“So, working with the insurance sector and other stakeholders, we use cutting-edge crime pattern analysis to track the movement of organised crime gangs so that we can be targeted in the application of SmartWater, both at key hotspots or new areas that are in the path of a transient gang.
“We take a ‘sniper rifle’ approach, using mobile video cameras, rapid response teams comprised of highly professional former military personnel and covert ‘sting equipment’ as opposed to the old-fashioned ‘shotgun’ approach of security guards, fixed CCTV systems and so on, which criminals find easy to work around.”
Cleary goes on to highlight that it is possible to install cable that is forensically traceable back to a particular drum/location. Any stolen copper would then be easily identifiable, making convictions easier:
“The technology exists, it’s proven, but I suspect that procurement teams aren’t aware of the fact,”
“However, by specifying forensic coding as a proactive ‘value added’ measure in tender documents for the supply of cable, it would save huge amounts of money in having to apply the solution retrospectively, in an outbreak of cable theft.”
However, the major challenge is to prevent theft from happening, as most current solutions are forensic-based. Another significant challenge is that some solutions are invasive and require certification. Avinash Chaudhari, Assistant General Manager – Delivery and Operations, Transportation at global rail engineering solutions provider, Cyient, says:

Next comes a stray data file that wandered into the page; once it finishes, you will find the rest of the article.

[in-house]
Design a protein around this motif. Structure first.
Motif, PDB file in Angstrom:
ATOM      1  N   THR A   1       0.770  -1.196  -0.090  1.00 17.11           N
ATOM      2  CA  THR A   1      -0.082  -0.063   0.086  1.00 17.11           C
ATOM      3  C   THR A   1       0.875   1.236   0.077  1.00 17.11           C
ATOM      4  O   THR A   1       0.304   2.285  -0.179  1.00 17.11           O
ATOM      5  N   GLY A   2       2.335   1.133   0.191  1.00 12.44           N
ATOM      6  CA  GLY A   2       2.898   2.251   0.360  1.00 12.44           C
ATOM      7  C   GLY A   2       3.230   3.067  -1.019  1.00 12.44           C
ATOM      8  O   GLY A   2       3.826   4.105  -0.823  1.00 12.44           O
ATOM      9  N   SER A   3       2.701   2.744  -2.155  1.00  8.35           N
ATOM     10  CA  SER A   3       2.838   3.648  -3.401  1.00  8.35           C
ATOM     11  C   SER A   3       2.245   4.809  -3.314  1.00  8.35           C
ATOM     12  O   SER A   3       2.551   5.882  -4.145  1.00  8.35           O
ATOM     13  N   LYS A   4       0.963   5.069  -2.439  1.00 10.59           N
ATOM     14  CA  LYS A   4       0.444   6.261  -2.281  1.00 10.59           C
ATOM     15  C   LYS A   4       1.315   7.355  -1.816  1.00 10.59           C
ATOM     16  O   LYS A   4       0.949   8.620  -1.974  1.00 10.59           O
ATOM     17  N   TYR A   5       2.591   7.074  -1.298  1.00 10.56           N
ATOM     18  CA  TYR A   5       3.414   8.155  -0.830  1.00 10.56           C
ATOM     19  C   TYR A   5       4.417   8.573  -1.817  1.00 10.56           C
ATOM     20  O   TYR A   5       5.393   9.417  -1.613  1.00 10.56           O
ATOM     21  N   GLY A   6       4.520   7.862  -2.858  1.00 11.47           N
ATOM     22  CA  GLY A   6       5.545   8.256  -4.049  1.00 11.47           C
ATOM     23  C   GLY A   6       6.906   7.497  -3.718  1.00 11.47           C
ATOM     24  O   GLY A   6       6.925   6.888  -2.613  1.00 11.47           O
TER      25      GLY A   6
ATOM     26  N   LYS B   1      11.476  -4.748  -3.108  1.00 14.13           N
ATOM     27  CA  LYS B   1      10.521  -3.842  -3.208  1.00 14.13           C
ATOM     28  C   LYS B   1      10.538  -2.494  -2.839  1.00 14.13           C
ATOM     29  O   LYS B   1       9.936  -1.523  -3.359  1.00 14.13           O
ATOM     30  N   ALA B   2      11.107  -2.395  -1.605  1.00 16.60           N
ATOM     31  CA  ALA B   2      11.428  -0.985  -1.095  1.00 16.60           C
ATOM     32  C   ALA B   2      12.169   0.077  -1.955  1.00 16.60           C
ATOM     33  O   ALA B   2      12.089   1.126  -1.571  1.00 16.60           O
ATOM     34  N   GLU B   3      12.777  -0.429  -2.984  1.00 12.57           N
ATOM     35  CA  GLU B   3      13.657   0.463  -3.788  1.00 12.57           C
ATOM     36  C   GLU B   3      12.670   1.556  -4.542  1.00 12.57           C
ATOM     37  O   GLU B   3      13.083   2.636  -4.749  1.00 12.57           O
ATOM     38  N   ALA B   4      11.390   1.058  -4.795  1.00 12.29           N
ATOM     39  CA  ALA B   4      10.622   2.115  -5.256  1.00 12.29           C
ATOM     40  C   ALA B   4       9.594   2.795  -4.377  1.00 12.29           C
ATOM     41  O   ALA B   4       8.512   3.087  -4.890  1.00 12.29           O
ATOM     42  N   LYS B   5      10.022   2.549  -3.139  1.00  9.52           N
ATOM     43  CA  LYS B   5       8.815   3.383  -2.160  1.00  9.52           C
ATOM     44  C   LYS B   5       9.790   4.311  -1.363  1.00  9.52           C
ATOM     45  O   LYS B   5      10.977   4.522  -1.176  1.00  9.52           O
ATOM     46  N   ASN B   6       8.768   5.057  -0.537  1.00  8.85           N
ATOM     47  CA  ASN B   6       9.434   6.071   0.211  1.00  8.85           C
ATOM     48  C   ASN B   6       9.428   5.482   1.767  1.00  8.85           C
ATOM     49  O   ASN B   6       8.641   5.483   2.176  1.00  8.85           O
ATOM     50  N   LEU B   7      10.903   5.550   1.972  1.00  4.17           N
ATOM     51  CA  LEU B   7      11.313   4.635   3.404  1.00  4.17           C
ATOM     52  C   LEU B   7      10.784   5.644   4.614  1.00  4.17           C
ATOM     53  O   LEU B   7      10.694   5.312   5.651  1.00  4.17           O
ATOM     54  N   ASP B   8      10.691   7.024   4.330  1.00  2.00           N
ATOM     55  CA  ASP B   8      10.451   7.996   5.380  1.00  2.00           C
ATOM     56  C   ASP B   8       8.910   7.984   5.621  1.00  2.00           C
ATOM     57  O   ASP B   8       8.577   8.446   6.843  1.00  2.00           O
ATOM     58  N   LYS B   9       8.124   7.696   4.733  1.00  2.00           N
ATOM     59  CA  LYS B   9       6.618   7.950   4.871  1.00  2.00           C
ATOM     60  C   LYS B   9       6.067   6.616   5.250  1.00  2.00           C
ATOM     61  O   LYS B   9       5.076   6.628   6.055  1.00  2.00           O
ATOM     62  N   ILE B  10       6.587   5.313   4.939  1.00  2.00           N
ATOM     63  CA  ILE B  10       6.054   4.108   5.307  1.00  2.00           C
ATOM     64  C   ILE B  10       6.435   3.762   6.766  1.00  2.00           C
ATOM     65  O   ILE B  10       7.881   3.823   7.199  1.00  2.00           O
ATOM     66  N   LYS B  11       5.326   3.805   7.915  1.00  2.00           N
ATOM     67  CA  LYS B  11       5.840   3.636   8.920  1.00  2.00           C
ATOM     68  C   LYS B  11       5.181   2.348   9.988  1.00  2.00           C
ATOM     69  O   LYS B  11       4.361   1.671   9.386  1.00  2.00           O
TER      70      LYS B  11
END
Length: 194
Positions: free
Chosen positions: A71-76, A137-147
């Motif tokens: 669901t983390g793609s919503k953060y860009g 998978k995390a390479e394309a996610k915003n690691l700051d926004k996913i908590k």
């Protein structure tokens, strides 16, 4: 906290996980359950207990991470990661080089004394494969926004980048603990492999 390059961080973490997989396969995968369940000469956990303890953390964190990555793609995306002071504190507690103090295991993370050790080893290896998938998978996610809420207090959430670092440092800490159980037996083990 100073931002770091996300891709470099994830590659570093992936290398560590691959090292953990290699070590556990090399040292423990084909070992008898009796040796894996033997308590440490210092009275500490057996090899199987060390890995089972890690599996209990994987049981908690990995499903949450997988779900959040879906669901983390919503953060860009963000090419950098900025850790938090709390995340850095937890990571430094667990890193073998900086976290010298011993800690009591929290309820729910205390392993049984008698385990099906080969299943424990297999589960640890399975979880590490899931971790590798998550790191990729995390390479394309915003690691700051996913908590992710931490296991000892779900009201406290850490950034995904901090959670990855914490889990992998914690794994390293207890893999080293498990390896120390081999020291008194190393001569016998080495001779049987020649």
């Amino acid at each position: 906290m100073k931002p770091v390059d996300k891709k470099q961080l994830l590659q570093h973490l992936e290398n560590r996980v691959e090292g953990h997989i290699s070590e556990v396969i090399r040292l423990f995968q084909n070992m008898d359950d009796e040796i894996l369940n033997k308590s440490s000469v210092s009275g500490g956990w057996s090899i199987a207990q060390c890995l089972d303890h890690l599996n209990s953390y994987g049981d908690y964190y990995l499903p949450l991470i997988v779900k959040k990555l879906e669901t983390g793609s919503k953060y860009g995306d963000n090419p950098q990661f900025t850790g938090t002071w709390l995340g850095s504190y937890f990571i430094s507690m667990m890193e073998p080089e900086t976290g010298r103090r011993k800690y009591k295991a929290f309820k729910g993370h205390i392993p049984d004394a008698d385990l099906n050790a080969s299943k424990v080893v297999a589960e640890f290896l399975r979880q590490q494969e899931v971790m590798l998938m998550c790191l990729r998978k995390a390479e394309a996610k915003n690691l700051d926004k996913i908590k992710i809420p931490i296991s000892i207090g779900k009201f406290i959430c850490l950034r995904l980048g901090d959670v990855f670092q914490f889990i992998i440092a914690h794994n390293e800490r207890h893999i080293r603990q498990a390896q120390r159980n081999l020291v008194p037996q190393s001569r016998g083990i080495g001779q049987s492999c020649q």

“A non-invasive solution is the need of the hour and as part of our approach to creating industry-based solutions, we are working on prototyping a non- invasive solution using the Internet of Things (IoT).”
Narendra Sivalenka, Cyient’s Senior Manager – Semiconductor, IoT and Analytics, adds:
“Our solution works on the principle of non-invasive detection, and uses the requisite hardware and communication technologies for detecting the cut, alerting, and providing an approximate length of the cut.
“Considering the distance between the junction boxes, LoRaWAN would be the best fit, and to showcase the workability of the solution as a proof of concept, we used a different technology for building the functional prototype.
“Tests on our concept have yielded positive results and efforts are currently underway to make the solution more robust by addressing device sensitivity and ruggedness, and test it in real-world conditions.”
Cable theft is, of course, very dangerous. Sergeant Ben Randall-Webb, from the Proactive CID team in the British Transport Police, explains:
“Any attempt to steal cable is also incredibly dangerous, and anyone seeking to do so risks serious injury – or even death – through electrocution.
“Offences linked to theft of metal on the railway can attract a penalty of up to life imprisonment, so the implications are severe.
“Despite the obvious danger and relative lack of reward, people are still willing to gamble with their lives for the sake of a few metres of cable.”